70% off is a great price, and I wouldnt expect an unMotivated Seller to accept that discount. If you want a deal like that, you need to target Motivated Sellers or properties in need of lots of repair (few buyers).
Wow. Where do I start? Because theyâ€™re priced at X price means that theyâ€™re priced according to current market conditions? What are you basing this on?
And please explain to me, in your capacity as a RealtorÂ®, why I should be worried about paying off the previous ownerâ€™s mortgage? How does that enter into my purchase equation? And Iâ€™m asking that as someone who bought a condo wherein the seller had to come to the closing with a checkâ€¦
Bay said, â€œâ€¦but not at 30% reduction in price. That could be insulting, and you probably won't get a counter.â€
Jesh. Here we go again thinking that sellers are going to be insulted by your offer (and interest) in their house. These days, if youâ€™re not â€œinsultingâ€ the sellers then youâ€™re offering too much!
Bay said, â€œNot all sellers are desperate in this market and you don't want to insult their intelligence.â€
The seller owns two adjacent condo units. The seller is most likely a failed flipper/speculator. Hasnâ€™t the seller already shown that he/she is both desperate (selling two units simultaneously) and stupid?
â€œNo one in this world has ever lost money by underestimating the intelligence of the great massesâ€¦â€
Now, I tend to agree with you that you can ask for a discount if you're buying both. Although Lori's correct that the transaction costs on the two units will be double that for one, you are offering the seller something of value: The opportunity to sell both condos at once, rather than selling one now and waiting 60 days, 90 days, or more for the possibility of another sale. As the saying goes, "A bird in the hand is worth two in the bush."
This is a situation where you really have to strategize with your Realtor. And you have to attempt to determine the seller's motivation, as well as how much equity he/she has in the property. As Bay observes, if you offer so little that it won't even pay off the mortgage, your offer won't be accepted.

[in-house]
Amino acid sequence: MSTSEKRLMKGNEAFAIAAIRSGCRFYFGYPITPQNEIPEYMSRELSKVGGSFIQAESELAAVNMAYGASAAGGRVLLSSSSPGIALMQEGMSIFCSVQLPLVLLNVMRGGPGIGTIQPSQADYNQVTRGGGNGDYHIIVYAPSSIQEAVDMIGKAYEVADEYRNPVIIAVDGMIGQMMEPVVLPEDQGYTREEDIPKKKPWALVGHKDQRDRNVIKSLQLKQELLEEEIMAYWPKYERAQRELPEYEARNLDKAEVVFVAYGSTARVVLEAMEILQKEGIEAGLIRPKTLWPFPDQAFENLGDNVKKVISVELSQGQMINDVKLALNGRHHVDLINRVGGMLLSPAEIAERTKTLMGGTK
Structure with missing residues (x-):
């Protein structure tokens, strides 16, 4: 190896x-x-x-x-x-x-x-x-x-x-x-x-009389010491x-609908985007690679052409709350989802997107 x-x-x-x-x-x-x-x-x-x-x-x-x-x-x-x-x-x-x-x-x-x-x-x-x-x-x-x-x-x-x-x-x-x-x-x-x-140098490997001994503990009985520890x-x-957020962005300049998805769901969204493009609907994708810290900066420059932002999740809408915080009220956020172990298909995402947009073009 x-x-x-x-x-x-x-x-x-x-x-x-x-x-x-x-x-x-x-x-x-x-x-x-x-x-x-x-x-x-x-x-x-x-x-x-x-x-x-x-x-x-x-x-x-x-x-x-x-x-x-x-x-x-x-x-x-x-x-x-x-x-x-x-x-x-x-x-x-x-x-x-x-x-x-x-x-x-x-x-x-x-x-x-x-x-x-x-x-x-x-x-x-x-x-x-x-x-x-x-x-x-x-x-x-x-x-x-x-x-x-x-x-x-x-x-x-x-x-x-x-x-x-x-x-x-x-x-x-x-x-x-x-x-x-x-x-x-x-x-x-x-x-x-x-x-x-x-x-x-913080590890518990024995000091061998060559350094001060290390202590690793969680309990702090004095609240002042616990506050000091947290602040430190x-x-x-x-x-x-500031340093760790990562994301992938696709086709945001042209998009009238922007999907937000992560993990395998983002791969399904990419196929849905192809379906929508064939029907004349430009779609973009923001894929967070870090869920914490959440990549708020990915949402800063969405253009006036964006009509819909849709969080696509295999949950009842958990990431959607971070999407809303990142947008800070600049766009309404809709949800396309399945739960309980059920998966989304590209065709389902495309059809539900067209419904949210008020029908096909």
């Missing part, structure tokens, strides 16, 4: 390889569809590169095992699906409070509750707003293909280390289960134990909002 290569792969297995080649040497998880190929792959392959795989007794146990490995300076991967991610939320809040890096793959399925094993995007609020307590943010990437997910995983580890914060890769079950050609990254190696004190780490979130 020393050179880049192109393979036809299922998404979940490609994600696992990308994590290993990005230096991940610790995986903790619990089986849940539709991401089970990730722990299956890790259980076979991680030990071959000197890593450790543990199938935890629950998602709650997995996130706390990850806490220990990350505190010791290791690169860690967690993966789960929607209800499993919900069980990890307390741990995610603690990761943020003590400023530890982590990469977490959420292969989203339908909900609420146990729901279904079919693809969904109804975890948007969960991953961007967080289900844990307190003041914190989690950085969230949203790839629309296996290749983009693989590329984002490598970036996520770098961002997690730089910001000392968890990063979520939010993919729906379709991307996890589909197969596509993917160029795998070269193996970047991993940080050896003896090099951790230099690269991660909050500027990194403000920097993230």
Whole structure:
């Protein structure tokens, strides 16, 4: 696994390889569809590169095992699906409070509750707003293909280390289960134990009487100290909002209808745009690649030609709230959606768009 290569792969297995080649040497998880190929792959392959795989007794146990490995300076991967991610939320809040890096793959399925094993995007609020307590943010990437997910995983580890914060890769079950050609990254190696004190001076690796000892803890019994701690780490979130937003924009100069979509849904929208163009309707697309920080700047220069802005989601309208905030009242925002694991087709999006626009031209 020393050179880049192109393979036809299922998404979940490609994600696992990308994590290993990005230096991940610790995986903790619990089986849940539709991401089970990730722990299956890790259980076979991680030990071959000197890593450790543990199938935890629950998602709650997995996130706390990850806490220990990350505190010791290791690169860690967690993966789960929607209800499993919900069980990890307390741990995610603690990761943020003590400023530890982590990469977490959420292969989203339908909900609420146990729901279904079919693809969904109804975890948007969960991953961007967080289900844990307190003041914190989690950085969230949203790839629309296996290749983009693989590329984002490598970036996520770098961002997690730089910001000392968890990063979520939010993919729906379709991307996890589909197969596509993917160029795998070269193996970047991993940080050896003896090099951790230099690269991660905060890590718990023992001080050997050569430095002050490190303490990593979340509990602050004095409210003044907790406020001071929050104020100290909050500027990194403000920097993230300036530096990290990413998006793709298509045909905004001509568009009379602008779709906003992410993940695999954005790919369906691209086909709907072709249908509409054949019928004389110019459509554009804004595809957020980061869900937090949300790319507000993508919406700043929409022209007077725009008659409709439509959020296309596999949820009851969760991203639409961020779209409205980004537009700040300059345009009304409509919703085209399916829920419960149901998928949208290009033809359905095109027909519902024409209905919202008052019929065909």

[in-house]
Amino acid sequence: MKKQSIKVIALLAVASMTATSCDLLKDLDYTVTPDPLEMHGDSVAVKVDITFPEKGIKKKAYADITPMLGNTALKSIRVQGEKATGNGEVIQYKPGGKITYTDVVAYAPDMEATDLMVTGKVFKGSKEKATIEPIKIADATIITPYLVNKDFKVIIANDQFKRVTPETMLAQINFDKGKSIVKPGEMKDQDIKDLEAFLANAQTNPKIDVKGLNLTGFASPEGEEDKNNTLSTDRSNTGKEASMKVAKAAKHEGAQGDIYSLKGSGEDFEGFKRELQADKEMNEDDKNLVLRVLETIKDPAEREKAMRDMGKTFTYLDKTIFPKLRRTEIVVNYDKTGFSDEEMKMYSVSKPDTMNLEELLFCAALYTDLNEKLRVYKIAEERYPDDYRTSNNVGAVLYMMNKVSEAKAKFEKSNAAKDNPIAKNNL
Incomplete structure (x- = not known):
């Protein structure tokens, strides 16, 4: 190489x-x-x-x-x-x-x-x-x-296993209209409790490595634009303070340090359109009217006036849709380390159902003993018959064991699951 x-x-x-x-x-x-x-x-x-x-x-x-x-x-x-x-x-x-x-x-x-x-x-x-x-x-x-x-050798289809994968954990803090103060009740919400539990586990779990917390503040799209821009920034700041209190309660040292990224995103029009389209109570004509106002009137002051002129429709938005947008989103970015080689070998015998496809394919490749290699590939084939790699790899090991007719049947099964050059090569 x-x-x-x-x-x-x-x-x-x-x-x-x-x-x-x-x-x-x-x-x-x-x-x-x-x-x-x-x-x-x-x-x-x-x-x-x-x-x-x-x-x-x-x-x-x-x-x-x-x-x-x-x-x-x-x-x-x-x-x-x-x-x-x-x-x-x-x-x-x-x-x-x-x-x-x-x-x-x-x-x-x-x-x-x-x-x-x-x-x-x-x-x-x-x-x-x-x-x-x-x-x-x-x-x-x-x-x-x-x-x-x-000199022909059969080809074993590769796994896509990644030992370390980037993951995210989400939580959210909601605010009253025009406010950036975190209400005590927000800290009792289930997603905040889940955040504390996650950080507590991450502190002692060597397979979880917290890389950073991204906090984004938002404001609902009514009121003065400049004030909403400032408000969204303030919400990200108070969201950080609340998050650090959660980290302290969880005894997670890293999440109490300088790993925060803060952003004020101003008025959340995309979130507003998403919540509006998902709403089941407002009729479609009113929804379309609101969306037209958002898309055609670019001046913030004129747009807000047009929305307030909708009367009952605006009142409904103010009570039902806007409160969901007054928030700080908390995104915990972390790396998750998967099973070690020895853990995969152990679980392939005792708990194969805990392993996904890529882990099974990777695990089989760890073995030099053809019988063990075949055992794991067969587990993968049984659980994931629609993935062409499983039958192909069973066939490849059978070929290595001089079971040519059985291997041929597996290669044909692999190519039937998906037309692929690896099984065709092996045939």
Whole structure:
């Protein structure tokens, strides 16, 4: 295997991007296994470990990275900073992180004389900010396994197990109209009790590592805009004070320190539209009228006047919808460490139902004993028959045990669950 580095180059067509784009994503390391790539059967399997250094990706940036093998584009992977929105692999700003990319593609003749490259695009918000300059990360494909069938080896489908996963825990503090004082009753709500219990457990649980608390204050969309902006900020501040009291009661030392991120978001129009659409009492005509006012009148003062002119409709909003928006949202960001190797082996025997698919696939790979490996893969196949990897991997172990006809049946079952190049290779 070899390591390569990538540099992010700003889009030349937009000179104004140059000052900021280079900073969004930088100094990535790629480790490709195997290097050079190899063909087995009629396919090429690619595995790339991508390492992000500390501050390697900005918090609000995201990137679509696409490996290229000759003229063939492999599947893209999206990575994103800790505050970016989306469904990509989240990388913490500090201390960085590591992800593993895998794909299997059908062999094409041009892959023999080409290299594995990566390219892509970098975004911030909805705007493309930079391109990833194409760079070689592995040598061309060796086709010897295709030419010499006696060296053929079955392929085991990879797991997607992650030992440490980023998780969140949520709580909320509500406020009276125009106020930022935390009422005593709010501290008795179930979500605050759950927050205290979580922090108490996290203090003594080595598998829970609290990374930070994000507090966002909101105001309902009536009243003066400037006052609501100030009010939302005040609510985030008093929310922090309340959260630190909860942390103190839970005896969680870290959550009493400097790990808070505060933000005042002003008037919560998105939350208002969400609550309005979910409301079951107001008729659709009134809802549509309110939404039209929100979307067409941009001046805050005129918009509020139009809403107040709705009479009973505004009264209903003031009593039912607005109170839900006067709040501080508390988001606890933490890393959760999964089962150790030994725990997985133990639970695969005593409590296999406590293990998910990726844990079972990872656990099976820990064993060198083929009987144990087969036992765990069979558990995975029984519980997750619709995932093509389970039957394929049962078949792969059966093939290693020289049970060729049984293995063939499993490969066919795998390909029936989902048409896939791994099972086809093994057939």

However, don't worry about insulting the seller. Worry about making an offer that works for you.
As for the point that properties sell at, say, 95% of their listing price--don't worry about that, either. For instance, suppose the condo starts off priced at $100,000. After 30 days, it doesn't sell and the owner reduces the price to $95,000. After another 60 days it still hasn't sold so the owner reduces the price to $92,000. Then it sells for 95% of $92,000...or $87,400. But, notice, that's only 87% of the original listing price. And let's take this a step further. Suppose there was a 3% seller concession (to allow for a no-money down FHA loan) or a 3% contribution to Nehemiah. Seller concessions don't show up as a price reduction. Net to seller before any expenses and commissions would be $84,778...or 15% down from the original listing price. Yet the statistics would show a sale at 95% of the listing price.
So: Figure out what the condos are really worth in today's market. Factor in anything you know about the seller's motivation and/or the amount owed. Reduce that number a bit for negotiations and for the benefit you're offering by buying both at once.
I have no idea what that number might be. It might just be 5% off from the current asking price. Or it might be 20% or more. But that's not the point. The point is: Do the calculations. Make sure you know the values. Then make an offer that works for you.
Hope that helps.
15% off due to market conditions? Don't you think market conditions were taken into account when the places were listed? Are both condos of the same value? Same condition? This seller has expectation of selling their condos for a total of $200,000. We see a list to sale ratio in the high 90's , usually 95% so to expect them to reduce to $144,500 or $162,000 would probably get you the response from the sellers to keep on looking. Are you using an agent? You should be so you have a snowballs chance in getting these places. Your rational is not correct and if you really want these condos, you will have to seriously reconsider
Coldwell Banker (Madison CT)
Yes depending on your local market if it is slightly down you might get it. Although depending on financial situation of the seller if you go to low you may risk insulting the seller and then you are out , they may not even counter. Definitely use your calculations to back up your offer. Sometimes it does help to persuade the seller to your viewpoint. Also talk to your agent and ask their advice they might have some insight into the situation.
Coldwell Banker Triad